Travis Werling is sitting on a bench looking at the camera.

Travis Werling ’21 became infatuated with the bass guitar when he was 12 years old. His dream was to tour the world in a rock band.

And he did just that when he joined the U.S. Army Music program. The program is comprised of 31 active duty bands and each band includes various ensembles, including rock and pop groups.

He had stumbled on a YouTube video of a rock band playing for a group of U.S. soldiers in Iraq and was inspired by their performance in such austere conditions. After high school, he enlisted and joined the program to play music and travel the world.

Headshot of Travis Werling.

Travis Werling '21 transferred to study economics at Pomona College.

“I didn’t know [the Army bands] could be for guitar players too. I thought it was primarily ceremonial music for dignitaries. I didn’t know that there were Army rock bands touring around,” says Werling. He decided to request an audition for the U.S. Army Band.

Werling served in the Army for eight years. Not only did he learn to march with the bass drum and perform with different ensembles, he also got to play in ensembles that spanned all the genres, from Dixie to Latin to rock music.

The Power of Music
His first musical mission came when his rock band was deployed with the 82nd Airborne Division to a small outpost in Iraq.

The small unit of about 40 soldiers had recently lost two of their own to an explosive device.

“I remember it being really difficult. You could just see they were devastated. It was really hard to get any response,” says Werling. “They were kind of shut off in a sense, but we saw one sergeant of theirs who was giving us the encouraging nod.”

Trying to think of how to break the mood, Werling’s band invited the sergeant to come up and sing a song.

“The next thing you know everyone is like, ‘Go up!’ So he sang ‘Sweet Home Alabama,’ and it was the funniest thing. He was a total ham on stage- a natural performer. You could see the weight lifted off everyone’s shoulders. They were laughing and singing along. You could see them enjoying themselves, probably for the first time since the incident happened, and the rest of the performance took off. I think we really helped them in that moment.”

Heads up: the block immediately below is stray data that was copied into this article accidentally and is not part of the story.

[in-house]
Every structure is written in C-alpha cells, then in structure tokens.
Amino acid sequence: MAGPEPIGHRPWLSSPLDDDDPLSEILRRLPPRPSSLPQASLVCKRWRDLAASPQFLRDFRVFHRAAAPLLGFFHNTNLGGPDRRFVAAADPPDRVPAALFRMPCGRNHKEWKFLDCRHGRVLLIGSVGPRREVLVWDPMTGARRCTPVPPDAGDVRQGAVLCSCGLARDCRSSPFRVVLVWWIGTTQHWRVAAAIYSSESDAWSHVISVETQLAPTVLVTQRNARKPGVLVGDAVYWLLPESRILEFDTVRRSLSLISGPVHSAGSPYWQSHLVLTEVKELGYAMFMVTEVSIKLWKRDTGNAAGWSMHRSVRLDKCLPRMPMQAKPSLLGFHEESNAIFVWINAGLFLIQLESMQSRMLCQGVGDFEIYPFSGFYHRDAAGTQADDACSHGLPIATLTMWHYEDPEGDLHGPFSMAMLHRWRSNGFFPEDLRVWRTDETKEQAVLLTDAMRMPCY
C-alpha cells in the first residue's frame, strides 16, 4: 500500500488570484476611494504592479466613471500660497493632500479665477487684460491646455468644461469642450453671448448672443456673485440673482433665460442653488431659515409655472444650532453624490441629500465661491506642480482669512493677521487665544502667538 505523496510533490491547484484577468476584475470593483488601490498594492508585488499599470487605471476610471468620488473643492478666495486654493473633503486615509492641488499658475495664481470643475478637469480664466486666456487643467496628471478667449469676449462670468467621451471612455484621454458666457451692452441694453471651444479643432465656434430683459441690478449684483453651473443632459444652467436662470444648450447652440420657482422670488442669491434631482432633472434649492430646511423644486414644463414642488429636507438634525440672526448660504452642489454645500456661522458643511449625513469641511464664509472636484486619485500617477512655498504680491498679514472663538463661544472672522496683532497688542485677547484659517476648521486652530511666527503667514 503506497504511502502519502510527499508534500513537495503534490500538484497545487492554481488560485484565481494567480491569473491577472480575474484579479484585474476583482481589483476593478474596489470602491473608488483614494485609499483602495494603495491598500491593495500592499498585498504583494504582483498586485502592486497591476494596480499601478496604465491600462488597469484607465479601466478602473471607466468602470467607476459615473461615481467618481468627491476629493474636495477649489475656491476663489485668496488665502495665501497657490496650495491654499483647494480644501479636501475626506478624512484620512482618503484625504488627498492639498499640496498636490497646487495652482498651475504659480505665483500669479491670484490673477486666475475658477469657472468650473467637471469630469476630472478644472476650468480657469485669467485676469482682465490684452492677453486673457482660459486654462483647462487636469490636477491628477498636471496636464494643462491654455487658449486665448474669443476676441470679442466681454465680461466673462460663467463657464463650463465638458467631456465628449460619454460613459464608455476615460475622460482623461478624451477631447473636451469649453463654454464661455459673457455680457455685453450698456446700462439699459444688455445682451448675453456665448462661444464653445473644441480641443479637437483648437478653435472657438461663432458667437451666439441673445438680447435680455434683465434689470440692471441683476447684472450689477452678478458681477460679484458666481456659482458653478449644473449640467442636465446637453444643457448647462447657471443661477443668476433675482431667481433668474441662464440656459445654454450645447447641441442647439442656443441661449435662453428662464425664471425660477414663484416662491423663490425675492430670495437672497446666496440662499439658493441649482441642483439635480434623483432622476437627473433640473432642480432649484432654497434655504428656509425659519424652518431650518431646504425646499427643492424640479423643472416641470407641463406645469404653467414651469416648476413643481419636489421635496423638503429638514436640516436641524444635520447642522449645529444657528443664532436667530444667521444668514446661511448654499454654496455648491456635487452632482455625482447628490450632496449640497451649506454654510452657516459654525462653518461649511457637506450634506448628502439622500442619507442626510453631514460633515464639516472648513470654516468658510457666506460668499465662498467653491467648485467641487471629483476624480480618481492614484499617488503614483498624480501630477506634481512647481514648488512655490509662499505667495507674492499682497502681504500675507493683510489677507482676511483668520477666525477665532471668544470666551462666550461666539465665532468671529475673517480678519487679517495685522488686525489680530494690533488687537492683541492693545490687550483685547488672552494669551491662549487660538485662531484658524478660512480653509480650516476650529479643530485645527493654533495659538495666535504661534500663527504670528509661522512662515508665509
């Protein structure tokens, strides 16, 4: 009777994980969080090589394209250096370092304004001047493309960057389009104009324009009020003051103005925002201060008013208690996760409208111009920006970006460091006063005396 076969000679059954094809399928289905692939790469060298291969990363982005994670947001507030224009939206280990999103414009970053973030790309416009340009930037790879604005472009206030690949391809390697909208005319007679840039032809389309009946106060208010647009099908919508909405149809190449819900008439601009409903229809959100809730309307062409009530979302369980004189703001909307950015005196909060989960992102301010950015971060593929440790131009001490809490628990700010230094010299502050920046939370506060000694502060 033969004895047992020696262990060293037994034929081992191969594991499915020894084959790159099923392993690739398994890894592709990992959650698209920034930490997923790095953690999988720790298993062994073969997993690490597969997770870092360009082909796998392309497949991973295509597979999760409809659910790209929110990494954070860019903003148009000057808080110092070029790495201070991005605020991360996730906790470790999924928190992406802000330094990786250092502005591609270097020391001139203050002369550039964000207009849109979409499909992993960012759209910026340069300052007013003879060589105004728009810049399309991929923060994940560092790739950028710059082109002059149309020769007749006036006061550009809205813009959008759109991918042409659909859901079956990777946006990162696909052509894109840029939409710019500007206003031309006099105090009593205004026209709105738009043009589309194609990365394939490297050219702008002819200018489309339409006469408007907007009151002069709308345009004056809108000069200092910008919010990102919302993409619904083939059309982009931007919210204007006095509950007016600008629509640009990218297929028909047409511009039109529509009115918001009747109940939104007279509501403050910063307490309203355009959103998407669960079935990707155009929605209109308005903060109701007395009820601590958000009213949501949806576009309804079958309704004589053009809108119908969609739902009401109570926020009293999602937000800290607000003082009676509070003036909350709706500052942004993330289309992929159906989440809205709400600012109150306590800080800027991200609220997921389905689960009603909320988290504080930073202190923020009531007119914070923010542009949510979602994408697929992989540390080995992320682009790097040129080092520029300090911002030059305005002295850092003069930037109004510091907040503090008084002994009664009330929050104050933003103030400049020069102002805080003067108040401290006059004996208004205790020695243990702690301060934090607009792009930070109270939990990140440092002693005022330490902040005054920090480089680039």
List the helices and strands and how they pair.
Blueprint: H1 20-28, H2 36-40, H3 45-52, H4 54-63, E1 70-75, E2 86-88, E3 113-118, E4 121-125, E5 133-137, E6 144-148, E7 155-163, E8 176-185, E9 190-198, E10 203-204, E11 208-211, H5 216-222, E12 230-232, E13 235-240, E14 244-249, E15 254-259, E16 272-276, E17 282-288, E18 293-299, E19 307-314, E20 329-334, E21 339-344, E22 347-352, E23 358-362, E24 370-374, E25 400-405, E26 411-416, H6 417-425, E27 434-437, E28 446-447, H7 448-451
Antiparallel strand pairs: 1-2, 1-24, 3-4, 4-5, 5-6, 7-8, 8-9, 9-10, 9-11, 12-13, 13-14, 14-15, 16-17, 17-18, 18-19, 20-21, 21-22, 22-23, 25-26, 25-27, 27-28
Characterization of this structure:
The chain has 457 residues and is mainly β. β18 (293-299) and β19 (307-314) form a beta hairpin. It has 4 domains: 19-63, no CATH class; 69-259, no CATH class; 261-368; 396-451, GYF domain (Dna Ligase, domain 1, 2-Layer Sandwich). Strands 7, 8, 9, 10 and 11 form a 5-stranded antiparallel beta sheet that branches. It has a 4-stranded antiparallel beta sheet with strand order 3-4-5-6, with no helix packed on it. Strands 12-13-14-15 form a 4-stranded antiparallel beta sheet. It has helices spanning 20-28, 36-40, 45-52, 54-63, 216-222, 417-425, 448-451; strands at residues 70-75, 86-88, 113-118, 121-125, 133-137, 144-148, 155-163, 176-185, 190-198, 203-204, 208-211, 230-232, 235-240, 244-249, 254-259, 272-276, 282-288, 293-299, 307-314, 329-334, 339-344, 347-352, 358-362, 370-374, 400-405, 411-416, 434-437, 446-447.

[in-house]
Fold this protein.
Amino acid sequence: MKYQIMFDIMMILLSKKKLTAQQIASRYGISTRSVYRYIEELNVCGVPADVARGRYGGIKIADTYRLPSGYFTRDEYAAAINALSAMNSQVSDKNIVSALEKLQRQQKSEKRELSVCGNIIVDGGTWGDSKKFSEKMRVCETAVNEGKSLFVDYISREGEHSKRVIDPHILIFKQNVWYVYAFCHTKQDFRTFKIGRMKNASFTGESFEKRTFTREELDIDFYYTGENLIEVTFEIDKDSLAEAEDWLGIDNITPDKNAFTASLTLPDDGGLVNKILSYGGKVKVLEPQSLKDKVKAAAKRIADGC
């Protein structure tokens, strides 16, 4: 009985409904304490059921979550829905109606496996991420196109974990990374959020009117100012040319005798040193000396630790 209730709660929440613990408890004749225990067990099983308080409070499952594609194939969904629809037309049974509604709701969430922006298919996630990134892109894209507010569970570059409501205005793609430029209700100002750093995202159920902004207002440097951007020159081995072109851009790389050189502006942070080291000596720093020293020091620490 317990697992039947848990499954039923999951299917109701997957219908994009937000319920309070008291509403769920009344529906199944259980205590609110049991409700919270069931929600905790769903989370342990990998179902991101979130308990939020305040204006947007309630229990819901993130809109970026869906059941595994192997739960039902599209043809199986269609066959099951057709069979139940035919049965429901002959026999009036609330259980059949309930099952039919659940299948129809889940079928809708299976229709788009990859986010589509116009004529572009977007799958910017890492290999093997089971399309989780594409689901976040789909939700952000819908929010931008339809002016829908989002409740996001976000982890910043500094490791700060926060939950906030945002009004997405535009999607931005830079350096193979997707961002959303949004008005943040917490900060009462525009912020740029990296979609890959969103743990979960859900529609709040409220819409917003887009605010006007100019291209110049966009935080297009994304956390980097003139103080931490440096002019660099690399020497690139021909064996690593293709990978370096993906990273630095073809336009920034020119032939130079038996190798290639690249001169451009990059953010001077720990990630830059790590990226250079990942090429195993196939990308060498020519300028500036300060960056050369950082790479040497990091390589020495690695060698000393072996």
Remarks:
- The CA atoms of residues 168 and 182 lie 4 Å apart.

Trading the Guitar for Textbooks
As Werling grew older in the Army, he also started to develop a new interest.

“I started to save some money, and everyone was like ‘Why don’t you invest your money?’ The economy was starting to recover but I didn’t even know what that meant, so I thought I should learn what that was and what I can do with my money,” he says.

After leaving the Army, Werling became more interested in stocks and learned to invest his savings. He enrolled in community college where he surveyed a wide breadth of classes until he found economics. With a plan to continue his education in this field, Werling transferred to a four-year university in San Antonio, Texas.

Although he declared a major in accounting, he realized that he wanted to pursue career opportunities in finance and attending a school like Pomona might provide unique opportunities.  

“I dedicated all my energy and free time from work to studying for class and researching schools,” says Werling who connected with Vetlink, a partnership between Service to School and a small group of elite colleges and universities committed to increasing veteran enrollment.

With Vetlink’s support, Werling transferred to Pomona College this fall.

How’s Pomona going so far? Werling is enrolled in Professor of Economics Michael Steinberger’s Macroeconomic Theory class, a class that Werling says is “by far the most challenging and most rewarding.” 

“This is just a phenomenal class if you really want to see how cause and effect happens in the economy. He pushes you to your limit and there are lots of moving parts. Every time I step foot in that classroom, I’m scared,” jokes Werling. “But I’ve learned so much in the past month. Being scared is good: it’s challenging and very rewarding.”

The Transition for Veterans
Werling has some words of advice for veterans who are transitioning to civilian life and thinking of college: “Be proactive.”

“The college admission process takes a lot longer than people think if you’re really pushing it as hard as you should be,” he says. He advises veterans to get paired with someone from Services to School, a free nonprofit organization that helps with college admissions. They review the application essay and know what the schools really want to see.

Werling advises veterans to think deeply about what schools will best fit their journeys.

“Embrace the idea that your mind is going to change or it’s not going to work out the way you thought. Be fluid and enjoy the process – it’s the best mentality to have. I think it’s easy to become reliant on having every component of your life structured in the military, but getting out, especially when you’re applying to selective institutions, is inherently unstable and uncomfortable. It’s part of the exciting and tumultuous transition into being a civilian again.”